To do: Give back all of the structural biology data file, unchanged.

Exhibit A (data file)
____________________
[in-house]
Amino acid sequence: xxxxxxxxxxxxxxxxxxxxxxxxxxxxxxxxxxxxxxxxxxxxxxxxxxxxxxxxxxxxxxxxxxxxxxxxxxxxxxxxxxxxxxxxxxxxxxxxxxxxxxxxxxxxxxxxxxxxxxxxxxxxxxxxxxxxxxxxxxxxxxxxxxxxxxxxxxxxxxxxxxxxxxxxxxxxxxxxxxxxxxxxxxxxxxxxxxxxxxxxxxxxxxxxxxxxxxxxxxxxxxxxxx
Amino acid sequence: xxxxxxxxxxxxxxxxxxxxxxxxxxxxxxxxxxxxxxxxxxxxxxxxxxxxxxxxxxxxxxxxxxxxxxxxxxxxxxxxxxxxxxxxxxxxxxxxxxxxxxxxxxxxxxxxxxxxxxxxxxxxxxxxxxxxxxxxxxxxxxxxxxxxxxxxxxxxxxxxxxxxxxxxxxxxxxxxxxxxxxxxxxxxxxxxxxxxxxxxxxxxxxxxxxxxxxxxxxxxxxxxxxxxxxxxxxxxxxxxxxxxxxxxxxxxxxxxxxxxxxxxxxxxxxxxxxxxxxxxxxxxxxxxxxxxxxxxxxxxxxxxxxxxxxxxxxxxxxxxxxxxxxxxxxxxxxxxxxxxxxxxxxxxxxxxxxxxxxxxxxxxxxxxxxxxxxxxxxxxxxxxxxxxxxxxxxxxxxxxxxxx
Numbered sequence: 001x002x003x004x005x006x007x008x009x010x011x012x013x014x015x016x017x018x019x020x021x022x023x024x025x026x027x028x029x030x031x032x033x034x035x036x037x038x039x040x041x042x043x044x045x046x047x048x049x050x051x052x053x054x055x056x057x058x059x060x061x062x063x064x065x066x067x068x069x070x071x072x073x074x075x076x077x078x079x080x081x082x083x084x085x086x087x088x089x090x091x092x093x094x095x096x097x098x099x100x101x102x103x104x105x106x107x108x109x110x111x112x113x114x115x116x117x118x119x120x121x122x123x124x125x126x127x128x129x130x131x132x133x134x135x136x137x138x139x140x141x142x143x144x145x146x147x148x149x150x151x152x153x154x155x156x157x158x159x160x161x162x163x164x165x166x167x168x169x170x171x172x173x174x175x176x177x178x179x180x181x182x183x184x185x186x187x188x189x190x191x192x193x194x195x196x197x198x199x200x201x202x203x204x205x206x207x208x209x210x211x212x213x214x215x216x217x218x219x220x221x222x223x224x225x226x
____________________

[in-house]
Amino acid sequence: xxxxxxxxxxxxxxxxxxxxxxxxxxxxxxxxxxxxxxxxxxxxxxxxxxxxxxxxxxxxxxxxxxxxxxxxxxxxxxxxxxxxxxxxxxxxxxxxxxxxxxxxxxxxxxxxxxxxxxxxxxxxxxxxxxxxxxxxxxxxxxxxxxxxxxxxxxxxxxxxxxxxxxxxxxxxxxxxxxxxxxxxxxxxxxxxxxxxxxxxxxxxxxxxxxxxxxxxxxxxxxxxxx
Amino acid sequence: xxxxxxxxxxxxxxxxxxxxxxxxxxxxxxxxxxxxxxxxxxxxxxxxxxxxxxxxxxxxxxxxxxxxxxxxxxxxxxxxxxxxxxxxxxxxxxxxxxxxxxxxxxxxxxxxxxxxxxxxxxxxxxxxxxxxxxxxxxxxxxxxxxxxxxxxxxxxxxxxxxxxxxxxxxxxxxxxxxxxxxxxxxxxxxxxxxxxxxxxxxxxxxxxxxxxxxxxxxxxxxxxxxxxxxxxxxxxxxxxxxxxxxxxxxxxxxxxxxxxxxxxxxxxxxxxxxxxxxxxxxxxxxxxxxxxxxxxxxxxxxxxxxxxxxxxxxxxxxxxxxxxxxxxxxxxxxxxxxxxxxxxxxxxxxxxxxxxxxxxxxxxxxxxxxxxxxxxxxxxxxxxxxxxxxxxxxxxxxxxxxxx
Numbered sequence: 001x002x003x004x005x006x007x008x009x010x011x012x013x014x015x016x017x018x019x020x021x022x023x024x025x026x027x028x029x030x031x032x033x034x035x036x037x038x039x040x041x042x043x044x045x046x047x048x049x050x051x052x053x054x055x056x057x058x059x060x061x062x063x064x065x066x067x068x069x070x071x072x073x074x075x076x077x078x079x080x081x082x083x084x085x086x087x088x089x090x091x092x093x094x095x096x097x098x099x100x101x102x103x104x105x106x107x108x109x110x111x112x113x114x115x116x117x118x119x120x121x122x123x124x125x126x127x128x129x130x131x132x133x134x135x136x137x138x139x140x141x142x143x144x145x146x147x148x149x150x151x152x153x154x155x156x157x158x159x160x161x162x163x164x165x166x167x168x169x170x171x172x173x174x175x176x177x178x179x180x181x182x183x184x185x186x187x188x189x190x191x192x193x194x195x196x197x198x199x200x201x202x203x204x205x206x207x208x209x210x211x212x213x214x215x216x217x218x219x220x221x222x223x224x225x226x